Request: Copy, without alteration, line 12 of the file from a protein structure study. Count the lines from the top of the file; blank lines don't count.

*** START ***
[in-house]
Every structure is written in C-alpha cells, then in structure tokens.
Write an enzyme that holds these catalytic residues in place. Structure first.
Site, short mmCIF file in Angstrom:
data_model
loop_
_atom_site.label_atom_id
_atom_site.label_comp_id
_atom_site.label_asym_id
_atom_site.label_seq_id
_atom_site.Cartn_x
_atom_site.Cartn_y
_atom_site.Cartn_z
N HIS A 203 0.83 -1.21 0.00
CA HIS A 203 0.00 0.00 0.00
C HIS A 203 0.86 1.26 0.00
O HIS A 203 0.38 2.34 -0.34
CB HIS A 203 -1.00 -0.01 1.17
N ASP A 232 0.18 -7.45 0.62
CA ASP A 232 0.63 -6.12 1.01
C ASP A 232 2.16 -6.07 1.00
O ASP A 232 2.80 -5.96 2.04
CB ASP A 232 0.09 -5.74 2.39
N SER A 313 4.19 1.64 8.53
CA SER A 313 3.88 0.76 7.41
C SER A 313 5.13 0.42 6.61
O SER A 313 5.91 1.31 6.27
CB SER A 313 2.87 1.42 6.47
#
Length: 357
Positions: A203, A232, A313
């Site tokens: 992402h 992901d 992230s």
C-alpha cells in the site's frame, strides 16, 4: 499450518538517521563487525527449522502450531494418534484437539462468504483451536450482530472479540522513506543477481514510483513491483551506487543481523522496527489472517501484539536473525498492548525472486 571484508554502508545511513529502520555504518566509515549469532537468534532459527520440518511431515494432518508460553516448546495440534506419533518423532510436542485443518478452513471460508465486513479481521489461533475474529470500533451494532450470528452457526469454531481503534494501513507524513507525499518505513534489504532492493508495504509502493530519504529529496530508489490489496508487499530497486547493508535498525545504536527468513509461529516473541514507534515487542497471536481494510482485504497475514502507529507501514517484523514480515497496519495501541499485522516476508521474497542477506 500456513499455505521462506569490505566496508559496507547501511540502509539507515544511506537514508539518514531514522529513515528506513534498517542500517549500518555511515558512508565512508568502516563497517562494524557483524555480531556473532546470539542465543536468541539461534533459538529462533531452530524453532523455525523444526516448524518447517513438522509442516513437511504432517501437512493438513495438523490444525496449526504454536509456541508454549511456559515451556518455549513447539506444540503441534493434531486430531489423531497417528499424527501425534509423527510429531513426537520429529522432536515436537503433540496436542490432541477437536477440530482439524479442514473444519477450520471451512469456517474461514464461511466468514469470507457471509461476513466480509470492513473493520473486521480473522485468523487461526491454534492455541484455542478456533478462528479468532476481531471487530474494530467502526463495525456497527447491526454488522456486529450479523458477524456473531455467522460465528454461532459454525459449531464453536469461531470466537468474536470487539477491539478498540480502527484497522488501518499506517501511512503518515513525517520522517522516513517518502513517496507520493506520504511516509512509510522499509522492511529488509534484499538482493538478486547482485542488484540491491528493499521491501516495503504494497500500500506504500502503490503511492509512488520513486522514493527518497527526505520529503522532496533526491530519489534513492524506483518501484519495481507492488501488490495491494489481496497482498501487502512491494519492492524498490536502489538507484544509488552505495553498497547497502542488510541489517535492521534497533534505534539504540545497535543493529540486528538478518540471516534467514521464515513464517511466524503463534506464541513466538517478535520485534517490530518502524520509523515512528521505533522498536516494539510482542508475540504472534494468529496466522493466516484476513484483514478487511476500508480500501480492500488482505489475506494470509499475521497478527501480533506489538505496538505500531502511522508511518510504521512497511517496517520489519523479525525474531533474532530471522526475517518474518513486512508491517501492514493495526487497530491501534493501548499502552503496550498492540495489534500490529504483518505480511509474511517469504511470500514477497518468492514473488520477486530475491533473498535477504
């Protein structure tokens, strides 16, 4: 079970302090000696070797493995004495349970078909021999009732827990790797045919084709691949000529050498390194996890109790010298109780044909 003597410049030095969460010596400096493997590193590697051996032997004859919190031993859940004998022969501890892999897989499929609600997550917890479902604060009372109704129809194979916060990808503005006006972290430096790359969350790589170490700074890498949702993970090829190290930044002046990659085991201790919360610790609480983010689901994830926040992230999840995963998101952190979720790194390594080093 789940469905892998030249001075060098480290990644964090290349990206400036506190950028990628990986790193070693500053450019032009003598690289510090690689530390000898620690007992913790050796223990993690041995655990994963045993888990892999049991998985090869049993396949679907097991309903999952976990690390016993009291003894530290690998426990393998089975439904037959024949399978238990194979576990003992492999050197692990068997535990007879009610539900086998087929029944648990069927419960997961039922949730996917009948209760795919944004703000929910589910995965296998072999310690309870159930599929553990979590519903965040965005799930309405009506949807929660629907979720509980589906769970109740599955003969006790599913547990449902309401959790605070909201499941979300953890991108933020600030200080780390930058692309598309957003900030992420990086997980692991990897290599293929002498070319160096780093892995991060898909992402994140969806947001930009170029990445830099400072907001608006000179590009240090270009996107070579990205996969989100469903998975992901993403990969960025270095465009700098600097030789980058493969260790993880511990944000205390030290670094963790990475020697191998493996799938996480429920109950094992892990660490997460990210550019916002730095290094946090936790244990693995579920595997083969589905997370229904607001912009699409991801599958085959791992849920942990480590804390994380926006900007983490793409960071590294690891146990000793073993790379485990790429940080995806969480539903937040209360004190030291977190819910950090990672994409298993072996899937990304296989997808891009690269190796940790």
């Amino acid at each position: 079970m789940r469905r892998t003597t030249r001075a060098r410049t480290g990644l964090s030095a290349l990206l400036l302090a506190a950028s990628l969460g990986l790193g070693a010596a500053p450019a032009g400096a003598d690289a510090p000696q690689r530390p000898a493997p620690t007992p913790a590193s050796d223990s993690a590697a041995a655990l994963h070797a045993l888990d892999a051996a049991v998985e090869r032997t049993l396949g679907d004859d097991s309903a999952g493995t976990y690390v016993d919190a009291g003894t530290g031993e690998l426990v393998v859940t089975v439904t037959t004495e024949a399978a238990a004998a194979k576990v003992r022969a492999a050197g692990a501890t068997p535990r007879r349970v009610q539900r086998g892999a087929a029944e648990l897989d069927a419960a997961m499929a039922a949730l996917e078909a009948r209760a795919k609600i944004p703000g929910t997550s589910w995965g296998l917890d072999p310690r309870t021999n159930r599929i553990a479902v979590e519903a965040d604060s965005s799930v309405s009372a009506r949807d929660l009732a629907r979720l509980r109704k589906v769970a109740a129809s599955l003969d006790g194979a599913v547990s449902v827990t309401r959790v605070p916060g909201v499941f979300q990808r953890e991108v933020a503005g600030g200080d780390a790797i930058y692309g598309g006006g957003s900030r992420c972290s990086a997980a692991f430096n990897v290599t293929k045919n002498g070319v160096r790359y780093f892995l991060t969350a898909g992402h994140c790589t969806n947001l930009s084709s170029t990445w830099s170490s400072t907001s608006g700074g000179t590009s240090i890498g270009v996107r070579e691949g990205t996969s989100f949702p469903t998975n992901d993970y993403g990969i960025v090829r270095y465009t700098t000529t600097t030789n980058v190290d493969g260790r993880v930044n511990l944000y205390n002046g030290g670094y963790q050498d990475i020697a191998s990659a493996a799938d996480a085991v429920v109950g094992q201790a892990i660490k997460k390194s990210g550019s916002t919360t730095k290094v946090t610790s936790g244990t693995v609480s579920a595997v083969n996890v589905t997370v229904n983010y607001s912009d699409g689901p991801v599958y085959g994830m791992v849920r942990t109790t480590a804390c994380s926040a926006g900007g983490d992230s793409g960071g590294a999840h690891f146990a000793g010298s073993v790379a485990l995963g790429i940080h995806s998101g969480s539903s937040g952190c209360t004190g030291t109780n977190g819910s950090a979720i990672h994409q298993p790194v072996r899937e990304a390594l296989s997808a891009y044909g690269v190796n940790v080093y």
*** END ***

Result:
_atom_site.Cartn_y